One can imagine how frightening it would be to agree to have heart surgery in a foreign land where you don’t speak the language, yet these kids’ parents jumped at the opportunity to have them sent, alone, to undergo these procedures. The foster families, however, do a tremendous job of welcoming and accommodating the children and attending to their physical as well as emotional needs. The parents are in communication with their children either by phone or other electronic means. After a week of acclimation to their foster homes, they undergo their ablations. Typically, the children stay several weeks after the procedure to recover, see a little of the U.S., “test” their new activity level and obtain follow-up prior to their trip back home.

Healthcare arrangements are coordinated by a team of hospital administrators, nurses and physicians. PALS-certified personnel are present for the cases and units are alerted to the possibility of an admission should it be required. The cost of this care is underwritten by Advocate Good Shepherd Hospital, and I donate my time and services.

The EP laboratory setup was the same for all three children. The procedures were done with conscious sedation, and sheaths and catheters were placed via both femoral veins. Three-dimensional mapping and ICE imaging were used to help reduce radiation exposure (fluoroscopy times averaged eight minutes). The pathways were ablated via a transseptal approach using radiofrequency energy. Isoproterenol and adenosine were used during post-ablation testing. All were discharged the same day post procedure.

meeting with foster families and patients
Dr. Kawasaki meeting with all three patients and their foster families.

The follow-up visit was joyous and emotional. Many thanks went around and everyone involved benefitted from seeing how these kids’ lives had changed, even in the short time since their procedures. I recall a patient last year, a 16-year-old male who hadn’t been able to participate in the sports he so loved. He tried, but was readily reminded of his arrhythmia. He came to us with his head bowed and an expressionless look on his face. Shortly after his ablation, his host family took him zip-lining, an activity he had never done, and would have never dared before. The huge smile on his face in the picture taken while he was whizzing down the line said it all.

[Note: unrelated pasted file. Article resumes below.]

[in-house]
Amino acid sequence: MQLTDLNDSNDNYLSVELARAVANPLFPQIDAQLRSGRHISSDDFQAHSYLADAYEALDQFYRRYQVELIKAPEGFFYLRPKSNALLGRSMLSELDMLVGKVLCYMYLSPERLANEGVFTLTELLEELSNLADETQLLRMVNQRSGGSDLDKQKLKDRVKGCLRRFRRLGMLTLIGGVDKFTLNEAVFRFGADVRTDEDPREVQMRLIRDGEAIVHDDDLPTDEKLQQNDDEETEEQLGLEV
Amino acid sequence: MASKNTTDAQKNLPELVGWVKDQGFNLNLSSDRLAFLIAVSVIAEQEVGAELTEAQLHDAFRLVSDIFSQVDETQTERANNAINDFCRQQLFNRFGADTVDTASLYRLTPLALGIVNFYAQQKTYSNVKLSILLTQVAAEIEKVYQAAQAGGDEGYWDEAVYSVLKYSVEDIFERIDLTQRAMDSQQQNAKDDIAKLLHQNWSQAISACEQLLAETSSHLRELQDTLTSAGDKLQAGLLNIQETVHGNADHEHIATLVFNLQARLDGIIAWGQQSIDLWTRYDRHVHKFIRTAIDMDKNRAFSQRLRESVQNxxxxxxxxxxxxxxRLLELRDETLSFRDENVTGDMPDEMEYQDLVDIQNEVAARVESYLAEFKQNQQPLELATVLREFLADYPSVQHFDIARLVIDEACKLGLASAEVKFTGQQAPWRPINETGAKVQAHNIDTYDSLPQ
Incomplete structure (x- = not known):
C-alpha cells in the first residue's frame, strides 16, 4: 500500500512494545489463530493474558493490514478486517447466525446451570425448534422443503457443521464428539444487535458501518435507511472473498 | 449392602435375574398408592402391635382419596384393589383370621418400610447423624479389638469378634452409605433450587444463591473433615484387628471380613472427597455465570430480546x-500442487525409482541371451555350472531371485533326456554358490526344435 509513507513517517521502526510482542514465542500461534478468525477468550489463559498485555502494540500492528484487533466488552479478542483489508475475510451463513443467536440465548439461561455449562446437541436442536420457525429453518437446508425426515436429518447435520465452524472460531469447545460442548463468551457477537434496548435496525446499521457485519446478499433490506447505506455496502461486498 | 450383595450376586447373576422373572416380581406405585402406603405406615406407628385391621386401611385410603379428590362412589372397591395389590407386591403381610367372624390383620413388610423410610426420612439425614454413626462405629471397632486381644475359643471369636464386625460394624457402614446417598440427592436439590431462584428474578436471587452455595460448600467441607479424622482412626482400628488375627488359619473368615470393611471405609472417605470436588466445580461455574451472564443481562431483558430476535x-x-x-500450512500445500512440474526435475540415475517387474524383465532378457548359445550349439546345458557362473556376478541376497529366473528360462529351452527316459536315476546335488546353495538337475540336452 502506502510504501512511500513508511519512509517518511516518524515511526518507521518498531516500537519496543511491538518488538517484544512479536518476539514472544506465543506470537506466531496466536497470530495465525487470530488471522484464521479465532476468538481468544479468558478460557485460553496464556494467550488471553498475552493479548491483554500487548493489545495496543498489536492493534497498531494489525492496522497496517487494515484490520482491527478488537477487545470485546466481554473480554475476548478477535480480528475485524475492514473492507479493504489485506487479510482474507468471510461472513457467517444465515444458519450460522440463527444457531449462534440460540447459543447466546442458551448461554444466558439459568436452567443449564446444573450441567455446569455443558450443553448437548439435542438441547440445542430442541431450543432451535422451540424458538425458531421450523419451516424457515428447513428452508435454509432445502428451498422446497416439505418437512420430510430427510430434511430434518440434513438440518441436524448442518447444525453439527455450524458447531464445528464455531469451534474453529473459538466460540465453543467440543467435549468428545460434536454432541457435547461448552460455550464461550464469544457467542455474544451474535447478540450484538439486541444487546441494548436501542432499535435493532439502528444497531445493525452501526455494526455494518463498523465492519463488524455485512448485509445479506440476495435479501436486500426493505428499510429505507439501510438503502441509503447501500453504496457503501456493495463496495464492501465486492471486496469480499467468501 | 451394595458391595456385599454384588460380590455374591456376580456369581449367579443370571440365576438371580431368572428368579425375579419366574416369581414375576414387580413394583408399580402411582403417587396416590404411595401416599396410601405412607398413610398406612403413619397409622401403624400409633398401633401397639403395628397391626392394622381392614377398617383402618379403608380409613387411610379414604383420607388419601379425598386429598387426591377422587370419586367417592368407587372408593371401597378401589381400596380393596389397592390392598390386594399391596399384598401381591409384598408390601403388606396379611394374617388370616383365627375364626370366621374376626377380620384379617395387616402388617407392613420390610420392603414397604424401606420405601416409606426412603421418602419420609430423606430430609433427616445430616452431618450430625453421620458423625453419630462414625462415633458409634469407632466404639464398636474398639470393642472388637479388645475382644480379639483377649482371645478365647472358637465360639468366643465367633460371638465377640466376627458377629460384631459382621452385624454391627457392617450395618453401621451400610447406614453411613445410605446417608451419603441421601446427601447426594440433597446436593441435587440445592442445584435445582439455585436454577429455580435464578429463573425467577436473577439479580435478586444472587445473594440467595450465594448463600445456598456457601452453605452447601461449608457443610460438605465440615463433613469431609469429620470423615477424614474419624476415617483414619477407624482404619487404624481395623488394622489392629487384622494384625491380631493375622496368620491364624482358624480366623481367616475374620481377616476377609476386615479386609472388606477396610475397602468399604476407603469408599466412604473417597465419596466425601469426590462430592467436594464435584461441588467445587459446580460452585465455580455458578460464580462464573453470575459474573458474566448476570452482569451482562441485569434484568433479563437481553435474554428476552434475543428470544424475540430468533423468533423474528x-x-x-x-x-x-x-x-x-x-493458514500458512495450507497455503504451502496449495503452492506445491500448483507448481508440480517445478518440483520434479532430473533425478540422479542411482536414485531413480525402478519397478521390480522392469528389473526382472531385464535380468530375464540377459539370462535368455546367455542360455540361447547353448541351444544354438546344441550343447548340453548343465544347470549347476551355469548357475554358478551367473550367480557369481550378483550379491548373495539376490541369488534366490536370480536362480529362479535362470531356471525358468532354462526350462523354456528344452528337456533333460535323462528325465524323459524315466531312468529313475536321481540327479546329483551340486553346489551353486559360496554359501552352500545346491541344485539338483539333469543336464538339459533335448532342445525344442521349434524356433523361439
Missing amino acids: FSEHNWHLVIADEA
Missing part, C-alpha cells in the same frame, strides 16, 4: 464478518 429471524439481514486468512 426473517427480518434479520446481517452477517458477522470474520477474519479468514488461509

These stories are probably nothing new to electrophysiologists who perform these procedures, but these cases take on a new meaning when performed in this context. Providing these services takes me back to the reason why I chose this vocation.

Although we have been participating in this program for the last seven years, the list of children needing these services has grown consistently, and it is estimated that 40 or more children are waiting to be considered. We hope to be able to take them on soon. In the meantime, they continue on medications and practice lifestyle adjustments knowing that their time too, will come.

Pre- and post-ablation EKGs of one of the El Salvador teens.
A left postero-lateral accessory pathway was ablated.